While I will be writing at length about OWS in the future, I bring the movement up now because Shepard Fairey released an image on November 18th designed to recall his original HOPE poster and to give voice to the aspirations of the OWS movement:
Fairey’s image replaces President Obama with a figure well known to the younger set of OWS protestors– V, the hero of Alan Moore’s dystopic graphic novel, V is for Vendetta. V, who wears a Guy Fawkes mask at all times, is an anonymous, anarchic superhero, determined to bring down the fascist government that rules in the Britain of the graphic novel and to return the power of self-government to the oppressed and deluded citizens. (I have written at length about V is for Vendetta and its relationship to the hacker group, anonymous, here and here.)
It’s a richly suggestive substitution, one that signals the deep disillusionment Obama supporters have experienced over the past three years: where Fairey’s original image identified Obama with Hope, his OWS image voices a collective uncertainty about whose side Obama is on. V sports a “We are the 99%” button” and looks out at us from behind the mask, anonymous, a sign of a silent, popular revolution that is already underway.
The comments Fairey released with his new image provide his gloss on how to interpret what he has produced:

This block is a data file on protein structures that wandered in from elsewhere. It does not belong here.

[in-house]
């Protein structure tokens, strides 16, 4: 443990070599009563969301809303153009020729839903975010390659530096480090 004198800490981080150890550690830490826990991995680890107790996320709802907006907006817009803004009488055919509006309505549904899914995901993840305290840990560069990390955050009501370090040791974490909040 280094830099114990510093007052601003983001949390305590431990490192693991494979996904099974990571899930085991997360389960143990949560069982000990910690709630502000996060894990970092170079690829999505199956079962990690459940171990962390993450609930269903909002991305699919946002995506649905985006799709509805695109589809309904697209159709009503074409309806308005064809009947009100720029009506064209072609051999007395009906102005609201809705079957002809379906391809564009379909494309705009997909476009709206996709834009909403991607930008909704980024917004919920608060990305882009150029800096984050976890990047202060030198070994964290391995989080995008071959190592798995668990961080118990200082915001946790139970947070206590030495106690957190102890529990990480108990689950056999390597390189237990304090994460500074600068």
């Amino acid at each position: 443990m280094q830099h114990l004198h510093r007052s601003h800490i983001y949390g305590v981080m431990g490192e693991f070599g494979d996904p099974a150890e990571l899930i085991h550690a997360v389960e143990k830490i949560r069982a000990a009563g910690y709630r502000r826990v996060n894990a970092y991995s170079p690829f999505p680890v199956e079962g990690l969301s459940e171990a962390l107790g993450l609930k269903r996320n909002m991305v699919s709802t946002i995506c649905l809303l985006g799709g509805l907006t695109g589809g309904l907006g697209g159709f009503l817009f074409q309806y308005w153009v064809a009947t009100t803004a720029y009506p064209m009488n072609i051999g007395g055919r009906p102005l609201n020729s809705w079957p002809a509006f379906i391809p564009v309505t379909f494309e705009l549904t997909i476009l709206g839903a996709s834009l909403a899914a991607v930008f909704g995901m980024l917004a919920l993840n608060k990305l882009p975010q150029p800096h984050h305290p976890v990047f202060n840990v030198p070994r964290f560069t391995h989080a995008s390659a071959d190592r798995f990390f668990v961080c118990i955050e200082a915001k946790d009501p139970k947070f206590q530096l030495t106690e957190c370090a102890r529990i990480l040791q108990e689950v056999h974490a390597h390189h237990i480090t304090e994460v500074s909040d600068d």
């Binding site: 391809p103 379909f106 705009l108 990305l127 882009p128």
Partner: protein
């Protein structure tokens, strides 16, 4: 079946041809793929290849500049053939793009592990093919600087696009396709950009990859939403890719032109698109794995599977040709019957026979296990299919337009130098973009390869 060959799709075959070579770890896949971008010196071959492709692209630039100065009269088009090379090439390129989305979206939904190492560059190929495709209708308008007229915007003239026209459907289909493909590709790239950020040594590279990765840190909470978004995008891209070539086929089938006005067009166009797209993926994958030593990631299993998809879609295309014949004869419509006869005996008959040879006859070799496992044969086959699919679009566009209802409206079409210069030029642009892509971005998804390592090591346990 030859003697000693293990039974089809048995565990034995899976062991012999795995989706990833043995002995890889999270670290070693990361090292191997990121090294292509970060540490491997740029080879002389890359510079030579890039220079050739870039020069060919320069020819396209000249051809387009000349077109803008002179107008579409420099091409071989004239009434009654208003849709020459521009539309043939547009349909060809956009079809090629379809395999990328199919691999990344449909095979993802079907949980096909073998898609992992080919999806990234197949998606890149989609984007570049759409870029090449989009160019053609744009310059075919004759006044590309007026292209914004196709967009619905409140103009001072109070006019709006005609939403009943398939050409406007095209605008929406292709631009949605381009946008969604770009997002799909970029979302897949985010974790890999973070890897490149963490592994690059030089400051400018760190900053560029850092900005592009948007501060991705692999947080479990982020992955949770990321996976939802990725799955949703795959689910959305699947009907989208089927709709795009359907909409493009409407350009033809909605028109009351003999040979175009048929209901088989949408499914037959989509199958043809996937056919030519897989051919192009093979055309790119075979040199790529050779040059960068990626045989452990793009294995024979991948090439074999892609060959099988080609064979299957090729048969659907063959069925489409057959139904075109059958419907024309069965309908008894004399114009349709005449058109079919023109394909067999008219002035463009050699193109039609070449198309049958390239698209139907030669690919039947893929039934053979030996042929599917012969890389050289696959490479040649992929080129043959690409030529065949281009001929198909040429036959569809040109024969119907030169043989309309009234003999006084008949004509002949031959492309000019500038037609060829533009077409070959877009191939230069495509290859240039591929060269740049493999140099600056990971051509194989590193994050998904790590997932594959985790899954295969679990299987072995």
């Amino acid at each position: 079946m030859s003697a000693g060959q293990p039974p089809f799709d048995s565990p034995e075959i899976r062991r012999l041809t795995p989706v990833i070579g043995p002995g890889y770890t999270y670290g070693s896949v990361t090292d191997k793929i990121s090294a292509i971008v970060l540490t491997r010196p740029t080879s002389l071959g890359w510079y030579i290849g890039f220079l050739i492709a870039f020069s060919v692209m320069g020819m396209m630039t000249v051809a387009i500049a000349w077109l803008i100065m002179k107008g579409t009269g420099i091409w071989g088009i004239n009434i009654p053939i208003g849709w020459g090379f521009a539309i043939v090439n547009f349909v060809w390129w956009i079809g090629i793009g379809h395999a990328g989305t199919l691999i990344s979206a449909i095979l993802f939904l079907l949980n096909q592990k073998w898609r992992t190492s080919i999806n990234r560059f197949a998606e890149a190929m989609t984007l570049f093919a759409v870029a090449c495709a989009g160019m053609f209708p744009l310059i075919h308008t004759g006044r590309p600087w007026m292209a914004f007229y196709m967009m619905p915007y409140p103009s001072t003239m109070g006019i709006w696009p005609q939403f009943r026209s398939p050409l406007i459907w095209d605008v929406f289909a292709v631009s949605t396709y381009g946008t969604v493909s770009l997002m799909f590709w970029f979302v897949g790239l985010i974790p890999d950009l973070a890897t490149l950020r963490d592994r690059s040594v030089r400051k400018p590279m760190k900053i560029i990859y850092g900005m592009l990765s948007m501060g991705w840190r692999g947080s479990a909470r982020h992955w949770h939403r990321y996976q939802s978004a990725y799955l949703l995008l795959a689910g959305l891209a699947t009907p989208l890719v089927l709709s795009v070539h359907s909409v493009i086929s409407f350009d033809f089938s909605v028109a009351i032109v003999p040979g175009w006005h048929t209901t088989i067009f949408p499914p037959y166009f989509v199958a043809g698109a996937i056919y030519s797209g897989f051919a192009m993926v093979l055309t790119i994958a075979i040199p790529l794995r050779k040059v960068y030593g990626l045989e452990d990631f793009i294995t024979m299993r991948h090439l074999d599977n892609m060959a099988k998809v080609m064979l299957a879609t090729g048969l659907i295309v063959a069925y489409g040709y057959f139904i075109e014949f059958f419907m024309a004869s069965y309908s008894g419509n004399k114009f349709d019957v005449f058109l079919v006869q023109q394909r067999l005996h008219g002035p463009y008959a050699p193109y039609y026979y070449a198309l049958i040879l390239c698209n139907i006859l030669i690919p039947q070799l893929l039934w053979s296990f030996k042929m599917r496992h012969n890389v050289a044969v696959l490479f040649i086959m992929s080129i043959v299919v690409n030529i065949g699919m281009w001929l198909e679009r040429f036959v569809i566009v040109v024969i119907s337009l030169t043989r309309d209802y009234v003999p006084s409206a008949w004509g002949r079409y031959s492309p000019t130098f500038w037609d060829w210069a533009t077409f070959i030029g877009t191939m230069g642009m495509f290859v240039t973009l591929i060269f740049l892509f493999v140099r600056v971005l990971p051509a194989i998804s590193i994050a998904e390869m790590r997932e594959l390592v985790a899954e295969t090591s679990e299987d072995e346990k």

This image represents my support for the Occupy movement, a grassroots movement spawned to stand up against corruption, imbalance of power, and failure of our democracy to represent and help average Americans. On the other hand, as flawed as the system is, I see Obama as a potential ally of the Occupy movement if the energy of the movement is perceived as constructive, not destructive. I still see Obama as the closest thing to “a man on the inside” that we have presently. Obviously, just voting is not enough. We need to use all of our tools to help us achieve our goals and ideals. However, I think idealism and realism need to exist hand in hand. Change is not about one election, one rally, one leader, it is about a constant dedication to progress and a constant push in the right direction. Let’s be the people doing the right thing as outsiders and simultaneously push the insiders to do the right thing for the people. I’m still trying to work out copyright issues I may face with this image, but feel free to share it and stay tuned…
It’s a funny twist, using the image of V/Guy Fawkes “as constructive, not destructive,” since the “politics,” as such, in V is for Vendetta is reform through mass destruction: V does, after all, realize the plot Fawkes famously failed to execute, bombing Parliament back to the Stone Age and bringing Big Ben (the nation’s timepiece) crashing to the ground.
Fairey seems to want the implied threat of the image, but not its realization: “idealism and realism need to exist hand in hand, ” he insists, moderately. The confusion over what Fairey means exactly by his repeated references to “the right direction” and doing “the right thing” is compounded by his final sentence, which closes with an expression of his own concern over the copyright issues raised by this image. Is the OWS image infringing on the copyright of the original HOPE image? Or the AP image?
Stay tuned for the next episode of …. As Time Stands Still.
Will a functional political model for the globalized economy and the networked world emerge in the years ahead? Or are we doomed to carry out all future discussions of civic values and the social good exclusively in terms of our age’s God term–Deficit Reduction?